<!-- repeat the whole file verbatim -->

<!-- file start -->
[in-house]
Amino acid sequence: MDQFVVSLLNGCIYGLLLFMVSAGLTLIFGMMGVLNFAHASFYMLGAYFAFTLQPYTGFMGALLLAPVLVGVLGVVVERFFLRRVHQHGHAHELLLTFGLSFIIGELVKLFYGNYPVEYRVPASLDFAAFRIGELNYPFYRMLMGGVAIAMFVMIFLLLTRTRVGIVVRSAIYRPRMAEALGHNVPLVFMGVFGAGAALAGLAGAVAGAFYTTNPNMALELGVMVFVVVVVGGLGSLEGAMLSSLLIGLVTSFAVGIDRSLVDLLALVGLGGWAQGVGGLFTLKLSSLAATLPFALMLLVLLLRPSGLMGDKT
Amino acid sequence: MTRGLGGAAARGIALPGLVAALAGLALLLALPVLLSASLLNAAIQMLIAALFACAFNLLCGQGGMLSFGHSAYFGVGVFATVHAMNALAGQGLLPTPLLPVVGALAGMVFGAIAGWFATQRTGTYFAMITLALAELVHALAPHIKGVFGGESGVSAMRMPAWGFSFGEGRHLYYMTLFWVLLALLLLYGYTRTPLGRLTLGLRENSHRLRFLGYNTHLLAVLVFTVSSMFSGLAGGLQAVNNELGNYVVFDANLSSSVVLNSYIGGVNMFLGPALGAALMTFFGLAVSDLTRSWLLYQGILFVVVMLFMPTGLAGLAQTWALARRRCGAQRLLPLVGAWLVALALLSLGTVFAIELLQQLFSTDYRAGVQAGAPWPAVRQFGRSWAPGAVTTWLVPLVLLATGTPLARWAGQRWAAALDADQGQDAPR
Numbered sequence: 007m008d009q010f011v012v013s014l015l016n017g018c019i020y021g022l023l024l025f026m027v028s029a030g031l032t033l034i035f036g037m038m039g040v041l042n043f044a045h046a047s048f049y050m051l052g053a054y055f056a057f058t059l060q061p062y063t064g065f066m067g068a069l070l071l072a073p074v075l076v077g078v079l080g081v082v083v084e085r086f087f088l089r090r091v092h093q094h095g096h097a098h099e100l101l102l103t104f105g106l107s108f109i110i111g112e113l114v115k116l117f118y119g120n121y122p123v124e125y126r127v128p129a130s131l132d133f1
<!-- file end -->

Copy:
[in-house]
Amino acid sequence: MDQFVVSLLNGCIYGLLLFMVSAGLTLIFGMMGVLNFAHASFYMLGAYFAFTLQPYTGFMGALLLAPVLVGVLGVVVERFFLRRVHQHGHAHELLLTFGLSFIIGELVKLFYGNYPVEYRVPASLDFAAFRIGELNYPFYRMLMGGVAIAMFVMIFLLLTRTRVGIVVRSAIYRPRMAEALGHNVPLVFMGVFGAGAALAGLAGAVAGAFYTTNPNMALELGVMVFVVVVVGGLGSLEGAMLSSLLIGLVTSFAVGIDRSLVDLLALVGLGGWAQGVGGLFTLKLSSLAATLPFALMLLVLLLRPSGLMGDKT
Amino acid sequence: MTRGLGGAAARGIALPGLVAALAGLALLLALPVLLSASLLNAAIQMLIAALFACAFNLLCGQGGMLSFGHSAYFGVGVFATVHAMNALAGQGLLPTPLLPVVGALAGMVFGAIAGWFATQRTGTYFAMITLALAELVHALAPHIKGVFGGESGVSAMRMPAWGFSFGEGRHLYYMTLFWVLLALLLLYGYTRTPLGRLTLGLRENSHRLRFLGYNTHLLAVLVFTVSSMFSGLAGGLQAVNNELGNYVVFDANLSSSVVLNSYIGGVNMFLGPALGAALMTFFGLAVSDLTRSWLLYQGILFVVVMLFMPTGLAGLAQTWALARRRCGAQRLLPLVGAWLVALALLSLGTVFAIELLQQLFSTDYRAGVQAGAPWPAVRQFGRSWAPGAVTTWLVPLVLLATGTPLARWAGQRWAAALDADQGQDAPR
Numbered sequence: 007m008d009q010f011v012v013s014l015l016n017g018c019i020y021g022l023l024l025f026m027v028s029a030g031l032t033l034i035f036g037m038m039g040v041l042n043f044a045h046a047s048f049y050m051l052g053a054y055f056a057f058t059l060q061p062y063t064g065f066m067g068a069l070l071l072a073p074v075l076v077g078v079l080g081v082v083v084e085r086f087f088l089r090r091v092h093q094h095g096h097a098h099e100l101l102l103t104f105g106l107s108f109i110i111g112e113l114v115k116l117f118y119g120n121y122p123v124e125y126r127v128p129a130s131l132d133f1